Given the high cost of journalism courses, ranging from £2,000 to more than £9,000, our help makes all the difference for students who successfully apply for a bursary. Many who apply to our charity already have large loans and do not have families able to support them financially.
More than 150 students to date have been given the opportunity to study for a recognised journalism qualification and enter the industry, thanks to the fund. We can help with tuition fees, the cost of travel and accommodation and course books as well as with mentoring and career guidance.
Our former scholars work as staff and freelance journalists and photographers in all parts of the media – from broadcasting, magazines and newspapers to public relations, book publishing and websites.
Board of trustees
A freelance journalist, Jim is a member of the NUJ's ruling body, the National Executive Council and a founding member of the union's Black Members Council. Throughout his career he has been an active campaigner for the rights of Black journalists.
He is also treasurer of the International Federation of Journalists which represents 600,000 journalists worldwide.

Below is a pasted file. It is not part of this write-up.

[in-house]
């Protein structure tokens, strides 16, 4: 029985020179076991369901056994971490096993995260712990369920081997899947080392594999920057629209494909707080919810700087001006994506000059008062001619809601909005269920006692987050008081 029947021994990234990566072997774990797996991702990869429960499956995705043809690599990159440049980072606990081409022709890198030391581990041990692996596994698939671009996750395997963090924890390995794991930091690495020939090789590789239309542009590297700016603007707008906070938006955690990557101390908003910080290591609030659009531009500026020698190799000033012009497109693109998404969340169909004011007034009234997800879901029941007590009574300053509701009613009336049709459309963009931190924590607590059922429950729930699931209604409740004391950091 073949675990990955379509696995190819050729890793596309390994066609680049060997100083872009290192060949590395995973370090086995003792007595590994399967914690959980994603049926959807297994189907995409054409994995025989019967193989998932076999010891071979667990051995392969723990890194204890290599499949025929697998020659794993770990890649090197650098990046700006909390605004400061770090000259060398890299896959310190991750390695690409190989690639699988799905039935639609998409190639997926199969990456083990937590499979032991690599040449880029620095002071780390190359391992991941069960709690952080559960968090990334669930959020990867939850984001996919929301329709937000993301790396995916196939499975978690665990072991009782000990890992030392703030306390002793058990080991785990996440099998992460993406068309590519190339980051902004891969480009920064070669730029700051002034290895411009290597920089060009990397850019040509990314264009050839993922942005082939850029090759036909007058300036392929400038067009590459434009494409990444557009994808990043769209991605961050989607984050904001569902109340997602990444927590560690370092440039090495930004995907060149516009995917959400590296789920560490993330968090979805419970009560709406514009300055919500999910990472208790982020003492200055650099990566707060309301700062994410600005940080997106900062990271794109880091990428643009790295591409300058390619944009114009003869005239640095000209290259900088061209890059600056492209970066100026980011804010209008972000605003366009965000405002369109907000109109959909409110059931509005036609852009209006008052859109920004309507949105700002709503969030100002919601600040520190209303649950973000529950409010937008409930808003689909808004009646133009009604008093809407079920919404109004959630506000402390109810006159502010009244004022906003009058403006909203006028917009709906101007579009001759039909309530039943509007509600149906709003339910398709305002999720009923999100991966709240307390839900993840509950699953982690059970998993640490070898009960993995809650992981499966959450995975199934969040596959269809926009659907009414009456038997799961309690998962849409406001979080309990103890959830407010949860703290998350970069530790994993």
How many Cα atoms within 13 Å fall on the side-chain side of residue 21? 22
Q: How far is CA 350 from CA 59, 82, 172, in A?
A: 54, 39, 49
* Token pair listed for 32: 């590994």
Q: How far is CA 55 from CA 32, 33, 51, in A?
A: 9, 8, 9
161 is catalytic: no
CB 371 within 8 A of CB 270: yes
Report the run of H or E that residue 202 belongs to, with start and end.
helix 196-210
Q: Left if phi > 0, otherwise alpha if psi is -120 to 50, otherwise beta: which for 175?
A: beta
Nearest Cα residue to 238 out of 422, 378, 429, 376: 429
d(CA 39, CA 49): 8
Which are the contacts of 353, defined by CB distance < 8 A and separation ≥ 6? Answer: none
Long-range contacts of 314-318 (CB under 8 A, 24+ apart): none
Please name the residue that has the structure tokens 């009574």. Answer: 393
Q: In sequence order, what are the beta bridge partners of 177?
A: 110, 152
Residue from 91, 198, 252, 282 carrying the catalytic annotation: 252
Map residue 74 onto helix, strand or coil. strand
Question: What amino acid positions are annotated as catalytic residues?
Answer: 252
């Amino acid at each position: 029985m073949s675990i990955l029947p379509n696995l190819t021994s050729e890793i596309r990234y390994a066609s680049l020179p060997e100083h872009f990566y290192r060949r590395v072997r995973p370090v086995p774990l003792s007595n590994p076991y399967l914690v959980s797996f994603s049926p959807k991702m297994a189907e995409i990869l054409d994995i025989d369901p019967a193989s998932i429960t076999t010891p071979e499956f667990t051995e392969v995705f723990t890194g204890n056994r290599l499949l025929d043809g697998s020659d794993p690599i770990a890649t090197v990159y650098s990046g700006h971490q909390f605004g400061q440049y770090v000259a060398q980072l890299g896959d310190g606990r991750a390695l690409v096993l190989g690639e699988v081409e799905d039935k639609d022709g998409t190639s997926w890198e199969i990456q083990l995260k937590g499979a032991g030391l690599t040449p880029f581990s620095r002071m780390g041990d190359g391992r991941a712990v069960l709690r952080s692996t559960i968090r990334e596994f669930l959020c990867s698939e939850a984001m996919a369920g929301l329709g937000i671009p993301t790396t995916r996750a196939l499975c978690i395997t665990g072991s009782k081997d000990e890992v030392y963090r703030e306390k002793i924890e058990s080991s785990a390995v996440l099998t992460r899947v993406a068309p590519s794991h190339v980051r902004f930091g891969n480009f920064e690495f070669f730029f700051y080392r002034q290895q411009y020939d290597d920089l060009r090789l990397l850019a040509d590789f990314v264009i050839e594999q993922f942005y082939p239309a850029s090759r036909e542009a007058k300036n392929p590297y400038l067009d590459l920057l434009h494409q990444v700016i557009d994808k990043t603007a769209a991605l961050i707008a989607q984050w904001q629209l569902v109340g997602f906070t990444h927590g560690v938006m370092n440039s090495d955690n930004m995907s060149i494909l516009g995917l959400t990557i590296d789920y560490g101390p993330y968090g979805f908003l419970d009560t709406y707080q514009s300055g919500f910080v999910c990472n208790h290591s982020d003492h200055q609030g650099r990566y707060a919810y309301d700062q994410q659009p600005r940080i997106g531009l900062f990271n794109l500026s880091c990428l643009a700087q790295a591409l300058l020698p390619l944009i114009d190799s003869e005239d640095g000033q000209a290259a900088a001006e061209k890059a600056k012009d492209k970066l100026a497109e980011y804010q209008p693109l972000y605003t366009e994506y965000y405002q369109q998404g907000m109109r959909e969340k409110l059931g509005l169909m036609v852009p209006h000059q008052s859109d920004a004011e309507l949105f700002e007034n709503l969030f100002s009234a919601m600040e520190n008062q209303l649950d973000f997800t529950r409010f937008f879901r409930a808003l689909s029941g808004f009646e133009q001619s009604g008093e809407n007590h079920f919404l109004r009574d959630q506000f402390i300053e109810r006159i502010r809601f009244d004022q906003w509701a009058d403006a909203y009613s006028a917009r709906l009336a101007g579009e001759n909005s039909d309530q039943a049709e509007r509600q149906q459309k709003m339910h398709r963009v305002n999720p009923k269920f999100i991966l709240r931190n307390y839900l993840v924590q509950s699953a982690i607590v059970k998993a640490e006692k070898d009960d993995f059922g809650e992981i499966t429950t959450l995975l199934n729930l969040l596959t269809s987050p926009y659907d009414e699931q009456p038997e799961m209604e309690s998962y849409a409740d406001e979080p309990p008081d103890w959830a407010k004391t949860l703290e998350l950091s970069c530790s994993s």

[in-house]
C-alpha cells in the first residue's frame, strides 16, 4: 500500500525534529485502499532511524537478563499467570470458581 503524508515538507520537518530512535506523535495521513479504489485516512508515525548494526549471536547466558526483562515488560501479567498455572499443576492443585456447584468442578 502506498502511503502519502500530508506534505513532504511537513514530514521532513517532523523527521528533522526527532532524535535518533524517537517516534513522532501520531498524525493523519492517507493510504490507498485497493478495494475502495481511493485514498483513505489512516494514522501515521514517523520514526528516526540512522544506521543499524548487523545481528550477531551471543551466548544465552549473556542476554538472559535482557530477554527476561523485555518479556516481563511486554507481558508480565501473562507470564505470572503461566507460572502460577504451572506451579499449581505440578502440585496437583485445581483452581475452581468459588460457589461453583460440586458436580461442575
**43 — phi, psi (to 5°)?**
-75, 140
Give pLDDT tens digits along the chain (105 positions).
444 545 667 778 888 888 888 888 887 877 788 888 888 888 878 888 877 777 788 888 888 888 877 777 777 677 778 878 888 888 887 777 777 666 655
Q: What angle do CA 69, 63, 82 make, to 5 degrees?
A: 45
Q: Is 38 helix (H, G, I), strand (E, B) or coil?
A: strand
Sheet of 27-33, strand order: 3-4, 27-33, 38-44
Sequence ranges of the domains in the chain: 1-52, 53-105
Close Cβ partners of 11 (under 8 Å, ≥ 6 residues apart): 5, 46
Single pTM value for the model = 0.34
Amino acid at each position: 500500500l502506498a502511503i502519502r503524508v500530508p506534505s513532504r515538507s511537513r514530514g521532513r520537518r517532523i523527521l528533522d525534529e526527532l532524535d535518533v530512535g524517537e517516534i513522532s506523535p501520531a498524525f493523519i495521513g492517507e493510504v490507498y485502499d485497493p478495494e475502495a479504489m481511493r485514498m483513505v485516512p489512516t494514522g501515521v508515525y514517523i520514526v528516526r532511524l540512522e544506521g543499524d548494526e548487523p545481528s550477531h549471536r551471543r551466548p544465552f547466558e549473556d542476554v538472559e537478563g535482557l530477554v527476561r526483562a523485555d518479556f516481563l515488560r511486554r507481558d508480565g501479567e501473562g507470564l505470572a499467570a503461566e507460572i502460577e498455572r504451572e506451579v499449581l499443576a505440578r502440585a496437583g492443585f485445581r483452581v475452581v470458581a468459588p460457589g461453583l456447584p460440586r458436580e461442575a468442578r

Michelle is the current elected general secretary of the NUJ.
A passionate advocate for equality, Michelle is the union's representative on the board of trustees.
Carole, a retired teacher, is the only daughter of George and Nancy Viner and continues the family's involvement with the trust.
As a former beneficiary of the George Viner Memorial Fund, Cara knows what a difference the trust can make to an aspiring journalist.
Since she received a bursary in 2004, Cara has embarked upon a career as a journalist and is currently working as senior reporter on the Coventry Telegraph.
The George Viner Memorial Fund was set up to honour the career and dedication of George Viner. George became a member of the NUJ in 1932 at the age of 20 and remained an active member of the union serving on the union's ruling body the National Executive Council for many years.
From 1961 until his retirement in 1976, George was the NUJ's education and training officer. One of his many achievements was the establishment of the National Council for the Training of Journalists (NCTJ), which today still runs some of the best-recognised journalism qualifications.
Much of his journalistic career was spent in South Wales, where he developed his interest in education through his work with bodies such as the Workers' Educational Association.
On George's death in 1983, it was decided to set up the trust in his name to mark his commitment to and passion for education and journalism. The trust was founded in 1986 and became a registered charity in 1989. Carole, George's daughter, continues the family's association with the fund, serving as a trustee of the charity.
Donate to the George Viner Memorial Fund – anyone can donate money to the charity.